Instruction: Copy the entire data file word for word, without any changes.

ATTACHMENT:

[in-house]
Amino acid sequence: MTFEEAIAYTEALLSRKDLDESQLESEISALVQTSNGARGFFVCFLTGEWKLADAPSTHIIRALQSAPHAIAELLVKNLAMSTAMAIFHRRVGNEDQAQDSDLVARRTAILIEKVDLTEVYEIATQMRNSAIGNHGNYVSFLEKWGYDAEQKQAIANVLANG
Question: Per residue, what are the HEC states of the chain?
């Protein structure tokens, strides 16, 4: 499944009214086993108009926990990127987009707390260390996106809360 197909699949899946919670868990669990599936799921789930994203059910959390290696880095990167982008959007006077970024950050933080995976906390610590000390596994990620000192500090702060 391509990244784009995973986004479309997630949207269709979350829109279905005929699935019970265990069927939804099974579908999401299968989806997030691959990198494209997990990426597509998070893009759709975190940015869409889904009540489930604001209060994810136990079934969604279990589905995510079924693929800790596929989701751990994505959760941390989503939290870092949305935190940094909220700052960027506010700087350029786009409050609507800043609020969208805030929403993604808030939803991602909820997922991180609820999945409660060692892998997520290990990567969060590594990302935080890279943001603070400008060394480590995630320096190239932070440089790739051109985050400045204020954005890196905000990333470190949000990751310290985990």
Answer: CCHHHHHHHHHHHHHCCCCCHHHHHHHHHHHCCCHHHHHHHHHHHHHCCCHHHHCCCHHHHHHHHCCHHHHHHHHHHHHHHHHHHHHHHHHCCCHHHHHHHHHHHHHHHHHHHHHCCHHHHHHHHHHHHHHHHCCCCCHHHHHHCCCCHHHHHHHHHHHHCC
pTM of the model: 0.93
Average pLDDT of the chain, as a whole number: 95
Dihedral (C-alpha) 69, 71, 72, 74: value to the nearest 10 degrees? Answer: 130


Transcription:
[in-house]
Amino acid sequence: MTFEEAIAYTEALLSRKDLDESQLESEISALVQTSNGARGFFVCFLTGEWKLADAPSTHIIRALQSAPHAIAELLVKNLAMSTAMAIFHRRVGNEDQAQDSDLVARRTAILIEKVDLTEVYEIATQMRNSAIGNHGNYVSFLEKWGYDAEQKQAIANVLANG
Question: Per residue, what are the HEC states of the chain?
């Protein structure tokens, strides 16, 4: 499944009214086993108009926990990127987009707390260390996106809360 197909699949899946919670868990669990599936799921789930994203059910959390290696880095990167982008959007006077970024950050933080995976906390610590000390596994990620000192500090702060 391509990244784009995973986004479309997630949207269709979350829109279905005929699935019970265990069927939804099974579908999401299968989806997030691959990198494209997990990426597509998070893009759709975190940015869409889904009540489930604001209060994810136990079934969604279990589905995510079924693929800790596929989701751990994505959760941390989503939290870092949305935190940094909220700052960027506010700087350029786009409050609507800043609020969208805030929403993604808030939803991602909820997922991180609820999945409660060692892998997520290990990567969060590594990302935080890279943001603070400008060394480590995630320096190239932070440089790739051109985050400045204020954005890196905000990333470190949000990751310290985990």
Answer: CCHHHHHHHHHHHHHCCCCCHHHHHHHHHHHCCCHHHHHHHHHHHHHCCCHHHHCCCHHHHHHHHCCHHHHHHHHHHHHHHHHHHHHHHHHCCCHHHHHHHHHHHHHHHHHHHHHCCHHHHHHHHHHHHHHHHCCCCCHHHHHHCCCCHHHHHHHHHHHHCC
pTM of the model: 0.93
Average pLDDT of the chain, as a whole number: 95
Dihedral (C-alpha) 69, 71, 72, 74: value to the nearest 10 degrees? Answer: 130